When I was younger going to the park or wandering around some gardens was the last thing I would do as fun day out. Instead, you would find me amid the hustle and bustle of all the shoppers on Oxford Street almost every Saturday, and sometimes Sunday too. Plants? Trees? Why would I care about those?
Well times have changed and if anyone has seen my Instagram page you will know that a picnic in Kew Gardens sitting under a leafy tree with friends and family is my idea of the perfect afternoon. I also love to grow my own flowers, herbs and sometimes veggies, and really do feel that it helps me while living with chronic illness.
These are the five ways that being in nature and taking care of plants can help those with chronic illness, and I suggest it may bring a smile to your face too!
1. It brings a sense of calm
Pottering about in the garden on a summer's day brings such a sense of calm to me. My oldest niece is very much into 'nature' as she calls it, and often shows me her artwork with blossom that has fallen from the trees and the odd stick she has found. It's very cute! So she is often now my gardening companion. Last year we sowed all kinds of veggies, and then ate them months later at a family BBQ.
I've wondered why gardening feels so calming and I think it's that I switch-off from all the medical and health stuff that comes along with chronic illness and focus on the task at hand. All the background chatter of worrying about appointments, organising meds and doing my physio seems to pause for a while. My focus is on the warm sunshine (hopefully!) and planting, trimming and tending to my plants. It's a lovely screen-free way of relaxing that doesn't require too much thought.
While I am fortunate to have a garden, I also have many house plants as well as fresh herbs growing on my windowsill. If you have a suitable windowsill, balcony or other place to keep some plants I think it's a lovely way to create a relaxing atmosphere at home.
Why not try some mini cactus if you are new to growing plants? It's pretty hard to upset them!
2. Staying active
Gardening can really help us stay active, and can be quite the workout! Personally I go for easy maintenance in my garden, so it is simple to keep tidy and doesn't require too much energy or increase my pain levels.
Some great ideas for lower maintenance gardening:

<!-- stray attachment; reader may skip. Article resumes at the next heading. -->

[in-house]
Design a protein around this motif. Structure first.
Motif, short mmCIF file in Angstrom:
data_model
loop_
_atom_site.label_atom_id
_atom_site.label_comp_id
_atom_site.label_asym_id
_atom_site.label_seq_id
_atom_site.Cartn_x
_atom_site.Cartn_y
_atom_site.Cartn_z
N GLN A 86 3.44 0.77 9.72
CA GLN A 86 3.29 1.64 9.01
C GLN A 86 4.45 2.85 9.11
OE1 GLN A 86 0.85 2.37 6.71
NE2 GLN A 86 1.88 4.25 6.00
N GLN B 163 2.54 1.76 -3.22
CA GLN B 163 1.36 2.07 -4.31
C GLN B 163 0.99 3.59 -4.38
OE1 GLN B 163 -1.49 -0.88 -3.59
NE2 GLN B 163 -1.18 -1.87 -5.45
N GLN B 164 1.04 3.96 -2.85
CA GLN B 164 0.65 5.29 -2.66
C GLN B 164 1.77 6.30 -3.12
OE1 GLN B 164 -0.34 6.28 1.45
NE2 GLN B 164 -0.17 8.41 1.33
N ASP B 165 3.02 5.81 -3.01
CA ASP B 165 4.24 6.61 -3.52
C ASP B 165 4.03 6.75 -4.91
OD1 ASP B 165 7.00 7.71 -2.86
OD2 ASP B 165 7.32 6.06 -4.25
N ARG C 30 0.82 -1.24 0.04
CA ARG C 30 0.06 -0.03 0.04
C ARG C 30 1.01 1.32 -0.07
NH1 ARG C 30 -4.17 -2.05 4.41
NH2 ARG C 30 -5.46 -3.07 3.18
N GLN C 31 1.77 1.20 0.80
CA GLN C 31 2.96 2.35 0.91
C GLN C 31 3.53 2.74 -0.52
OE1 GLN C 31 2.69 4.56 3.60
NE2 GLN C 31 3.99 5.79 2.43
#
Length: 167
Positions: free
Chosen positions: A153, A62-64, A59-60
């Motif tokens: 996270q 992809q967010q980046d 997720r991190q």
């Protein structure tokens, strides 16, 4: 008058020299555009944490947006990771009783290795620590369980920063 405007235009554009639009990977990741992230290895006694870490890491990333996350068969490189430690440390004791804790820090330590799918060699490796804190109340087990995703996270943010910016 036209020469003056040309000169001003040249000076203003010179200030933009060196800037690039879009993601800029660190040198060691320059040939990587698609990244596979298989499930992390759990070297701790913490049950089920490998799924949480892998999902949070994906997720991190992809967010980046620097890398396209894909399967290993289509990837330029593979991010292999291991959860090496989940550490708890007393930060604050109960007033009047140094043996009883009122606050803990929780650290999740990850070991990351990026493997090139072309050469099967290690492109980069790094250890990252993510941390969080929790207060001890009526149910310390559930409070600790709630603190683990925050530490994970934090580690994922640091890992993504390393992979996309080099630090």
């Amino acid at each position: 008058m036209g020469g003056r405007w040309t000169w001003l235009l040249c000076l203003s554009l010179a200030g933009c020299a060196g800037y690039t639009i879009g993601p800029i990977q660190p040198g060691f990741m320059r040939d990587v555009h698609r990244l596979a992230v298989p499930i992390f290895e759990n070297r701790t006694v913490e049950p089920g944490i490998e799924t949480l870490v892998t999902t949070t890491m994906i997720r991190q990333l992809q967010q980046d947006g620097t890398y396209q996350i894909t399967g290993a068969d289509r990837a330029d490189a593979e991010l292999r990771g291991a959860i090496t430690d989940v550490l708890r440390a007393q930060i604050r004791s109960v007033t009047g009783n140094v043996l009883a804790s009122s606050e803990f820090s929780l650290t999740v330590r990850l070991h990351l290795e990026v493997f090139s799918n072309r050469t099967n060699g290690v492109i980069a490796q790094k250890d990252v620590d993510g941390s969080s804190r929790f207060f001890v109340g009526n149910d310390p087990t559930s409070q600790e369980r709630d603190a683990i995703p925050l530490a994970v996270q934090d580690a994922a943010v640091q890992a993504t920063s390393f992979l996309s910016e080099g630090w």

- Use raised flower beds or containers so that you don't need to bend down to a flowerbed, and can stand or sit in a wheelchair to tend to your plants and veggies.
- If you are able to bend down a little, then growing flowers, veggies and herbs in pots is a great idea. My patio has far too many pots on it! They are easy to water and you don't have to worry as much about weeding or trimming back plants that have decided to takeover the whole flowerbed!
- Use self-watering flower pots! Such a brilliant idea for indoors plants for those of us with brain fog that may forget to tend to our leafy friends sometimes . . .
- Invest in a foam kneeling pad for when you are tending to flowerbeds. It will save you from getting achy knees!
3. You get some vitamin D!
Being outdoors in a garden or on a balcony is so lovely on a sunny day, and has the bonus of letting you get some vitamin D too. We all need to keep our levels up for good health so a spot of gardening is beneficial in this way.
Be careful to limit your time in the sun though, especially in the middle of the day and follow 'sun safe' guidelines. If you have sensitive skin like me and find sunscreens a problem, then I would recommend to try the La Roche-Posay Anthelios sunscreen as it is great for sensitive skin.
For those who aren't able to be outdoors, the BetterYou vitamin D spray is my absolute go-to way to supplement. I've used it for years and it's a brilliant product. Of course, always speak with a medical professional before starting a new supplement.
4. Herbs and veggies taste even better home-grown
I think we all know that home-grown food tastes so much better than shop bought! Being able to make soup, salads or just sprinkle some fresh herbs onto a dish is so satisfying and I love that little sense of accomplishment that I grew my own meal.
My favourite vegetables to grow are zucchini, corn and cucumber. I have tried to many times with bell peppers and eggplant, but I always get one tiny fruit and that is it. Not fair given all the watering I do for them!
Basil, parsley and coriander are always on my windowsill and feature in many of my low histamine recipes here on the blog. They add so much flavour! A herb seeds kit makes a great gift for someone - or yourself!
5. Plants can be silly . . .
One of the best ways that taking care of plants can help those with chronic illness I have found is that they really make me smile sometimes. I know what you're thinking - what am I talking about? Are they telling you a joke or something?
Well no, but I do seem to grow cactus that like to become the silliest shapes that can be . . .
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Please follow the advice of your doctor as to all medical treatments, supplements and dietary choices, as set out in my disclaimer. I am not a medical professional, and this post, as well as all other posts on this blog, are for informational purposes only.